Date(s) - 06/26/18
4:00 PM to 7:00 PM
—Come discover whether a grain enterprise can work for your farm—
Due to the burgeoning local foods movement, demand for organically grown grains far outstrips supply in the Northeast. On Tuesday, June 26, the Northeast Organic Farming Association of New Jersey (NOFA-NJ) and the Organic Growers’ Research and Information-Sharing Network (OGRIN) will host a field event, “Grow, Process, Market, Eat! …Value Added-Grains,” from 4–7 p.m. at Rutgers University’s Clifford E. and Melda C. Snyder Research and Extension Farm, 140 Locust Grove Road, Pittstown, New Jersey.
The three-hour event will include:
- A field tour of more than 30 different varieties/landraces of spring- and fall-planted grains, including modern, heritage, and ancient wheats, ryes, malting and edible barleys, hulless oats, buckwheat, and flax. Experienced grain growers will join Elizabeth Dyck, founder and coordinator of OGRIN, and Joseph Heckman, professor of soil science, Rutgers University, to discuss management strategies that produce high-quality products and profitable market opportunities.
- A demonstration of affordable, small-scale grain processing equipment (some of it farmer-made), including used and new grain cleaners, an oat roller, and dehullers for use with spelt, emmer, and einkorn.
- A grain tasting, including cooked grains (wheat, barley, rye, einkorn, emmer, and spelt) and dishes/baked goods prepared by local chefs and bakers.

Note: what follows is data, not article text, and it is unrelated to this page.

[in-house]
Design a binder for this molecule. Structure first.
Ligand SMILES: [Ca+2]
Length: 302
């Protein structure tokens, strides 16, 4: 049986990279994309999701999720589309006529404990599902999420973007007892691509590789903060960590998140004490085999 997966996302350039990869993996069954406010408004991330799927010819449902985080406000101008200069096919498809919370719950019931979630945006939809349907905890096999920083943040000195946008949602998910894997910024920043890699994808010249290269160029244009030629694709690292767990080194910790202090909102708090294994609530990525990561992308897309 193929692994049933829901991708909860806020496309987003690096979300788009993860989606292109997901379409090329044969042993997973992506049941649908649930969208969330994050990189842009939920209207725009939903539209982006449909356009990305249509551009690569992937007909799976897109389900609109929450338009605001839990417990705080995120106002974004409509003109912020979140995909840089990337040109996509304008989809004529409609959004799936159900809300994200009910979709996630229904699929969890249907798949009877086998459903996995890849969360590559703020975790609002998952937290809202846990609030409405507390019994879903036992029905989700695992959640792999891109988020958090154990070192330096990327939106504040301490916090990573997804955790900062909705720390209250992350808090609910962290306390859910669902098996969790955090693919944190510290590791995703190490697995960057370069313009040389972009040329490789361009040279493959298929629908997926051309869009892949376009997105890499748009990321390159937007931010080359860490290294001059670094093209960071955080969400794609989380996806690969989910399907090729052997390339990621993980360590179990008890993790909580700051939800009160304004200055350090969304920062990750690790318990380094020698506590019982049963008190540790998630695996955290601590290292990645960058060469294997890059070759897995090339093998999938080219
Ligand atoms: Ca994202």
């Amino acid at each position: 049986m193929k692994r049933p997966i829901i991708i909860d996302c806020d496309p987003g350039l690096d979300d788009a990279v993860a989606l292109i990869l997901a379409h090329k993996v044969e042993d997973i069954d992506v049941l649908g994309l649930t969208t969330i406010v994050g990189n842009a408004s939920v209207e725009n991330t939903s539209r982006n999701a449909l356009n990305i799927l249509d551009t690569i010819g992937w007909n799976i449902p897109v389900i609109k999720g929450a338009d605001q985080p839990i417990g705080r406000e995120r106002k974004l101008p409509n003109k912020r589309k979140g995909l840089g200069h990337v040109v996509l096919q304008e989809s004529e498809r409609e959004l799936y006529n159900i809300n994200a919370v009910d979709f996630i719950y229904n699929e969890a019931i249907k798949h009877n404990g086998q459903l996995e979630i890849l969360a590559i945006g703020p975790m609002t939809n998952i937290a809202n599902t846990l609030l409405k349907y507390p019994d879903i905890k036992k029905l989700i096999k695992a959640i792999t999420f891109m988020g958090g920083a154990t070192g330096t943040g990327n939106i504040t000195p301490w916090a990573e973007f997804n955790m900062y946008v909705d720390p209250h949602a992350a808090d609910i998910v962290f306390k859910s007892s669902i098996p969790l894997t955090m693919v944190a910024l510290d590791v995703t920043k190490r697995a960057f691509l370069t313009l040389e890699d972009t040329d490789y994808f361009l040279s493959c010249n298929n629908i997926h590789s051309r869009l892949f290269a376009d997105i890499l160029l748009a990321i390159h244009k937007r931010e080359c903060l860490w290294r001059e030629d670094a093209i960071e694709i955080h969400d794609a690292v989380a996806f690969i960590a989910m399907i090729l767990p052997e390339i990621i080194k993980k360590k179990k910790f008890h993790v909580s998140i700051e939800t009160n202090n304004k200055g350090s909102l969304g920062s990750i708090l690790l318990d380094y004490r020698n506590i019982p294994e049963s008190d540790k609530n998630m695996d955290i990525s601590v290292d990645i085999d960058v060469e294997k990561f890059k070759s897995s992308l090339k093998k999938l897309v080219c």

The event is open to the public, but advanced registration is required ($20 NOFA-NJ members; $30 nonmembers). It is funded in part through a NE SARE Research and Education Grant LNE17-357, farmer-generated training and equipment solutions for producing and processing value-added grains.
For more information and to register, visit nofanj.org.
Established in 1985, the Northeast Organic Farming Association of New Jersey (NOFA-NJ) is a nonprofit organization dedicated to supporting organic agriculture in New Jersey through education, technical assistance, and advocacy.
The Organic Growers’ Research and Information-Sharing Network (OGRIN) generates practical information for organic farmers and gardeners through participatory research, review articles, and fact sheets on issues critical to organic farming, and by providing forums for information-exchange between growers.